It gives me immense insight into how Greeks must feel when they watch ‘Clash of the Titans’, ‘Wrath of the Titans’, ‘Troy’; or how Jewish people might feel when a hyper-Nordic Jesus goes around doing his Jesus thing in your average Hollywood film. There’s odd, there’s wrong, and then there’s Hollywood, which is odd and wrong in a league of its own.
Yeah, I knew I’d feel that going in, but still, it never hurts to spell out the things that bother you, and what exactly this all means.
In the tradition of Kabuki, the guy who plays Yoshio Kuranosuke Oishi has got the leading role. It’s the role where the star gets to do his thing; it’s the guy audiences have always flocked to see. So casting Hiroyuki Sanada for Oishi is actually quite classy. Of course, the Oishi in this film is given to rigid formulaic observances, indecision and prevarication, doubts and despair, living down to the stereotypes of a dutiful samurai held by Hollywood, and necessarily possesses an irrational faith in Keanu Reeves as if he knows that Keanu Reeves must be the chosen one to lead his sad lot to glory. Hamlet never suffers this badly.
This is indeed a different Oishi to the one we’ve come to love. The traditional Oishi is wise, patient, subtle, clever with the subterfuge, formidable with his resolve, never lost faith in his mission, carefully figured out who amongst the 200 or so Ronin from Ako, actually had the fortitude to go through with the deed and was meticulous in his planning. Instead, this Oishi is bumbling from moment to moment, making up his plans as he goes along, very much a victim of circumstance and hardly a navigator of his destiny.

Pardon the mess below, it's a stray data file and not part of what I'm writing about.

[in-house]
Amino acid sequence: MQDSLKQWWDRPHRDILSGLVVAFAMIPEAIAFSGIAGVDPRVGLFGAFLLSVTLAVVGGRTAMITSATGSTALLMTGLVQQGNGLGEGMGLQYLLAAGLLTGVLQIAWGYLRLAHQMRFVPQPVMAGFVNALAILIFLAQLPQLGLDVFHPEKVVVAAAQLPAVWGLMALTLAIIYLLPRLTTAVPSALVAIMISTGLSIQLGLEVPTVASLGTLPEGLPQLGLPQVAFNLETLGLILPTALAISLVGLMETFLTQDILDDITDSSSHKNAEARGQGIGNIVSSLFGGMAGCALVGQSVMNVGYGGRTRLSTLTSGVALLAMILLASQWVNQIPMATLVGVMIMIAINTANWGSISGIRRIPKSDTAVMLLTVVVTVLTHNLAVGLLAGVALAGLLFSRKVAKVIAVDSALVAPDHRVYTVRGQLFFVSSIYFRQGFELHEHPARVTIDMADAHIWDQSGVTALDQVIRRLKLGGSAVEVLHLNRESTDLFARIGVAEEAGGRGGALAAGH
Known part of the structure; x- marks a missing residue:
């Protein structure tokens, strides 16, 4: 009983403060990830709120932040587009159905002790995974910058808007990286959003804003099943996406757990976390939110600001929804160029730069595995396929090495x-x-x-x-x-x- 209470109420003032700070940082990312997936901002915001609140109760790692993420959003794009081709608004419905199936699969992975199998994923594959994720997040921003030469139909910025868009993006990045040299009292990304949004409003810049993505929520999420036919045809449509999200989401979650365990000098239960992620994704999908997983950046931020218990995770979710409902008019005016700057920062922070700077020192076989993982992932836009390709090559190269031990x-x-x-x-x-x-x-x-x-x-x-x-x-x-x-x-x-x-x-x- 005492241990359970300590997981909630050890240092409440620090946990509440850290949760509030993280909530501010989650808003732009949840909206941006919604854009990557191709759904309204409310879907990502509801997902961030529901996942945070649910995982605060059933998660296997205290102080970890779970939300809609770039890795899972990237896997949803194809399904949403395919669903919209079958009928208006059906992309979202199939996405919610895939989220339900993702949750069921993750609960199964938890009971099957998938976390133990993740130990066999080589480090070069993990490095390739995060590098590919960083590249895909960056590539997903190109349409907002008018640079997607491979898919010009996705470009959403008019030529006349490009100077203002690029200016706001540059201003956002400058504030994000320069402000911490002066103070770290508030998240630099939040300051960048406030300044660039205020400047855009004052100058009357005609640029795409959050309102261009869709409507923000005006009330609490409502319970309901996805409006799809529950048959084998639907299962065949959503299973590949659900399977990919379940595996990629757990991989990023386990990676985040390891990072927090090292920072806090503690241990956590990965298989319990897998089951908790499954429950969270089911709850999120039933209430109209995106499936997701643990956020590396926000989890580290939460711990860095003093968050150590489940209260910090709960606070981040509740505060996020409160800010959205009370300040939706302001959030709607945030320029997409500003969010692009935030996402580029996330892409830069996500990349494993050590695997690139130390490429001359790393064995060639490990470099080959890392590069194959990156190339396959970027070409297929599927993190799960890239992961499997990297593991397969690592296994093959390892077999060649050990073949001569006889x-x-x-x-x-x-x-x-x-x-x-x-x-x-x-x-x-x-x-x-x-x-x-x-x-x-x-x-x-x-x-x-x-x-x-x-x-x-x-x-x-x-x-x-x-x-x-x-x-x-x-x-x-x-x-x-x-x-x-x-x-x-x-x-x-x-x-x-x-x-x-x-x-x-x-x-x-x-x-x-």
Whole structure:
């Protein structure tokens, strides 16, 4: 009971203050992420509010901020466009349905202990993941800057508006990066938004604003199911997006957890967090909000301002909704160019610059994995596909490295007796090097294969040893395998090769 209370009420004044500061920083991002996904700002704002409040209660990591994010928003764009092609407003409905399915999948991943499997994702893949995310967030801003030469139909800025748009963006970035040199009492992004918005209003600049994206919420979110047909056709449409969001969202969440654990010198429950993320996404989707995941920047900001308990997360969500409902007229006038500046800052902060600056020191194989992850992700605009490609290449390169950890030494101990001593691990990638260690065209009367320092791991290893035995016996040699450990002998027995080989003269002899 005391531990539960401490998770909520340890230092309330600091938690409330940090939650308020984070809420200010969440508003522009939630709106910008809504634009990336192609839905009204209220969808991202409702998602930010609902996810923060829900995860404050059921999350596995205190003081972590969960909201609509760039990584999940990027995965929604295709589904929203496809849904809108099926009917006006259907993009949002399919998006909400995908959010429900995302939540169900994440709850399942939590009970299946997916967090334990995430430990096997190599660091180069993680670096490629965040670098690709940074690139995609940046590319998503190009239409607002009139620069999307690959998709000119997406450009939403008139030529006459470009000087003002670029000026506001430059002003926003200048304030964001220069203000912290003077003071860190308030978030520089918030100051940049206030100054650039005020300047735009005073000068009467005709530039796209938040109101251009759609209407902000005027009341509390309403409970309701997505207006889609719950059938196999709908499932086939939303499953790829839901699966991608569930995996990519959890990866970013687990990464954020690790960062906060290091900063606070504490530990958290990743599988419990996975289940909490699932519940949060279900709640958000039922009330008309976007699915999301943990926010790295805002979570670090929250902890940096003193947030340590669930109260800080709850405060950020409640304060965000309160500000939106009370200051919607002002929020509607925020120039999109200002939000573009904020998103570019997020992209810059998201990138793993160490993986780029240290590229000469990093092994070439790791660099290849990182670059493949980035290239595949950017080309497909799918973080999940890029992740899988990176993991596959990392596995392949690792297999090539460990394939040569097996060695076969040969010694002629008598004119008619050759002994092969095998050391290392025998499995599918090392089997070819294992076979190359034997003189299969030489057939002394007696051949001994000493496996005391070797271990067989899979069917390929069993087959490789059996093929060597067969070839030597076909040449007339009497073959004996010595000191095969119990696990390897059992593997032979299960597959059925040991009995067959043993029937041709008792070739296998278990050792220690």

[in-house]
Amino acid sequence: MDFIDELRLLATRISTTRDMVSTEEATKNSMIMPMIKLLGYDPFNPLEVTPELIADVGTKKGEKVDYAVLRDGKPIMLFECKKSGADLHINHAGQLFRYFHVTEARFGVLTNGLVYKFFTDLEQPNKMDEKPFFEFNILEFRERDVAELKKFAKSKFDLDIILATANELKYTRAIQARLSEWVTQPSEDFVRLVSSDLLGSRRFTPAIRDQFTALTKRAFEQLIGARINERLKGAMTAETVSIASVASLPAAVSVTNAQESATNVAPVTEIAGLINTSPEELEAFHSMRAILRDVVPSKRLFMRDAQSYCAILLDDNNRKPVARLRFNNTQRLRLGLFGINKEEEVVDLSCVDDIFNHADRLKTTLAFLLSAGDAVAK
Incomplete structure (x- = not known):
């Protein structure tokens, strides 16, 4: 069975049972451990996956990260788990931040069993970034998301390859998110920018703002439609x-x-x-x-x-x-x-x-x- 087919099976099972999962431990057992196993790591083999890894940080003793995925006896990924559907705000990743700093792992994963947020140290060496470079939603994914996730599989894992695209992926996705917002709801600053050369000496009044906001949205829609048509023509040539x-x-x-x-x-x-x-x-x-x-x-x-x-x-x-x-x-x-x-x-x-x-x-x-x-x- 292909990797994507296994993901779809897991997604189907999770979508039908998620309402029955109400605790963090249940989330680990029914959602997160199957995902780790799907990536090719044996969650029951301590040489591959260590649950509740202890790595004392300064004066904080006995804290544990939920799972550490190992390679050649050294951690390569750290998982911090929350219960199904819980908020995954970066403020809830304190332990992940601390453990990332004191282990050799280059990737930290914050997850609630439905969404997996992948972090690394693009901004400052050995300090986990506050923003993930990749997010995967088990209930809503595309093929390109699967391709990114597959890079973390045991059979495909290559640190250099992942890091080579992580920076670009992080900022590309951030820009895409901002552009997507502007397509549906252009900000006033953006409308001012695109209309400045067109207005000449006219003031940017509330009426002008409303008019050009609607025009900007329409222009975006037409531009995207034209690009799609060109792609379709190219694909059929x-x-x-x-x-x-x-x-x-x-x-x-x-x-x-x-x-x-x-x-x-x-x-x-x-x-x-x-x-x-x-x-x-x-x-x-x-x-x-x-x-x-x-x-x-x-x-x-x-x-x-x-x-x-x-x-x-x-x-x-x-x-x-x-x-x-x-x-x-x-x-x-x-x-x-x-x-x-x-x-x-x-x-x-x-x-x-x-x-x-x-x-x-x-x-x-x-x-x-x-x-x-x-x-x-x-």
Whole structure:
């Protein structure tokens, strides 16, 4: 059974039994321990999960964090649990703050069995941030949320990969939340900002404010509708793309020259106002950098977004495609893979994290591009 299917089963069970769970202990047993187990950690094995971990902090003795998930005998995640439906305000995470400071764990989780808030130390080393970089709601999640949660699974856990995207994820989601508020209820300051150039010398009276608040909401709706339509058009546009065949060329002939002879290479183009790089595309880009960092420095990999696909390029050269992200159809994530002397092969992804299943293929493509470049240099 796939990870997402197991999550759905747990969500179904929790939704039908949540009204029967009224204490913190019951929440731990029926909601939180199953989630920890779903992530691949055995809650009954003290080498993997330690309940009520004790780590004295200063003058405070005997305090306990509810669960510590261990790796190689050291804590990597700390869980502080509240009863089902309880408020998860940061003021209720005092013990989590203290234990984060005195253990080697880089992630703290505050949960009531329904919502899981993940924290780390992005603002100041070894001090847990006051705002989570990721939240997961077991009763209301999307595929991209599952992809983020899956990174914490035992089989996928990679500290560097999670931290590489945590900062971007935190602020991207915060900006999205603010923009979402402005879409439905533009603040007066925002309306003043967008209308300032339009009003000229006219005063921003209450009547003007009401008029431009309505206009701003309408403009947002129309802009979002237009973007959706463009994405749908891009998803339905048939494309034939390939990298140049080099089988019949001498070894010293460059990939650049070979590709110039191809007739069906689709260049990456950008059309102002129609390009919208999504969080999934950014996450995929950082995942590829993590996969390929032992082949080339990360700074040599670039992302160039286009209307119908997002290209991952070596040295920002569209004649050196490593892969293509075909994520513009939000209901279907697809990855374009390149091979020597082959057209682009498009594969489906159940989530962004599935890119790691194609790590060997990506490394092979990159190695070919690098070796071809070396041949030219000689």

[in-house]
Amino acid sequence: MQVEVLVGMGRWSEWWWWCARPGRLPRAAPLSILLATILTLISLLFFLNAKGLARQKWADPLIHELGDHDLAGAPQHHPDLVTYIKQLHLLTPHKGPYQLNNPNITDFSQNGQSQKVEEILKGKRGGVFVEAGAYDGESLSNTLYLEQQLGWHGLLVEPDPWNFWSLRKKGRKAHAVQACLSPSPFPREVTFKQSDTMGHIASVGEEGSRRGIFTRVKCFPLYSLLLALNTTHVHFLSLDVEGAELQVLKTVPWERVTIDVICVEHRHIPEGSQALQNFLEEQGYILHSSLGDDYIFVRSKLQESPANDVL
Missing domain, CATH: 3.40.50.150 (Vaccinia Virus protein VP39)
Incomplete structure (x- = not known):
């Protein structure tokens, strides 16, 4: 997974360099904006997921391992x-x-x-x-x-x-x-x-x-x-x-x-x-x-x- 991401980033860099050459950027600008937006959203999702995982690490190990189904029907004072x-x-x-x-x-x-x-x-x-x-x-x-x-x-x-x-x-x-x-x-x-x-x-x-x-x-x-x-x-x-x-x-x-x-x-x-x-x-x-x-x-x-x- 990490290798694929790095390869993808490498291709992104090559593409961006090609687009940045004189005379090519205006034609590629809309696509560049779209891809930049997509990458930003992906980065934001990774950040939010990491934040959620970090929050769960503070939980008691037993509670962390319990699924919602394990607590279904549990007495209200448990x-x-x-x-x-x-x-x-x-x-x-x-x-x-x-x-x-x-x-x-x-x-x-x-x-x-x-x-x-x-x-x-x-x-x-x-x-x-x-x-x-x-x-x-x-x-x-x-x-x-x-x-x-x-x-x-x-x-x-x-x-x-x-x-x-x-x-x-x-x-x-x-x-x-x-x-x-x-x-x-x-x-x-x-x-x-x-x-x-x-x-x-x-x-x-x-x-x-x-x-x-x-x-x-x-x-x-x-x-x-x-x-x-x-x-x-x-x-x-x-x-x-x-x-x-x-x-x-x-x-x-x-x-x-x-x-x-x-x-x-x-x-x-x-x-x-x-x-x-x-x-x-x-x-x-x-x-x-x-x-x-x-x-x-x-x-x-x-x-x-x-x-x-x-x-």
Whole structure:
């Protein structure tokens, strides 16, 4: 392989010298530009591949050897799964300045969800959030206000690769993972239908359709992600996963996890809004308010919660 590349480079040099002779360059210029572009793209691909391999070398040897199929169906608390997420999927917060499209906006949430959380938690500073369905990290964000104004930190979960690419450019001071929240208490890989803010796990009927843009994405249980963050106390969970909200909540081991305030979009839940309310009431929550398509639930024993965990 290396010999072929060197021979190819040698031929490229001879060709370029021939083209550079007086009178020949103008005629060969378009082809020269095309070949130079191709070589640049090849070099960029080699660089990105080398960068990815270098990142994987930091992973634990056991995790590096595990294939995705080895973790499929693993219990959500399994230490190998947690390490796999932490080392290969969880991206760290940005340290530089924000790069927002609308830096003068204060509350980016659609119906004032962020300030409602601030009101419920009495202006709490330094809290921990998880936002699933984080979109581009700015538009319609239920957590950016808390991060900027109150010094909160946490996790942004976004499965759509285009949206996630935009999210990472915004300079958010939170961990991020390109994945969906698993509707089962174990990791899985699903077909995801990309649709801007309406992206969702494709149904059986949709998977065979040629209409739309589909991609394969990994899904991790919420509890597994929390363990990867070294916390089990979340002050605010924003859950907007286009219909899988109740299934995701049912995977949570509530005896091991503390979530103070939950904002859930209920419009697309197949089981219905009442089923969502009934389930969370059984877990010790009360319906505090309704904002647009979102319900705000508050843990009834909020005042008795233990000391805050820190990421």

It did remind me of the line, “our deeds will echo through time” from ‘Gladiator’. It’s true enough for Oishi and his cohorts – but sometimes the echo chamber is broken and the signal you get is really distorted. I wondered how Sanada kept a straight face through the entire venture (ordeal?). I guess it’s what you call professionalism. Sanada is an interesting actor. He’s invoking the name of Yukimura Sanada with his stage name.
What Are They Wearing?
I know I’m repeating myself but… what the hell was the wardrobe design doing in this film?
Lost in Asia
Keanu Reeves is in a strange career limbo where he is marketed heavily to Asia than he is back in the west. it is as if the Matrix persona of Neo has propelled him into a latter day Chuck Norris who may one day recover his standing in the west. He was in ‘The Man of Taichi’ playing a martial arts nut and evil head honcho in his directorial debut. Combined with this fiasco of a film, he seems he’s totally on the outer. The post-Matrix years have not been great for Keanu. I liked his crooked cop in ‘Street Kings’ and his turn in ‘Constantine’ was sort of interesting but not quite. But then it’s a rare script that can turn his wooden brand of acting into a credible characteriation. He may be lost in Asia for many more years to come. Or maybe this movie has completely sunk him as an action lead actor who can carry a film. He really should consider appearing in a Woody Allen movie.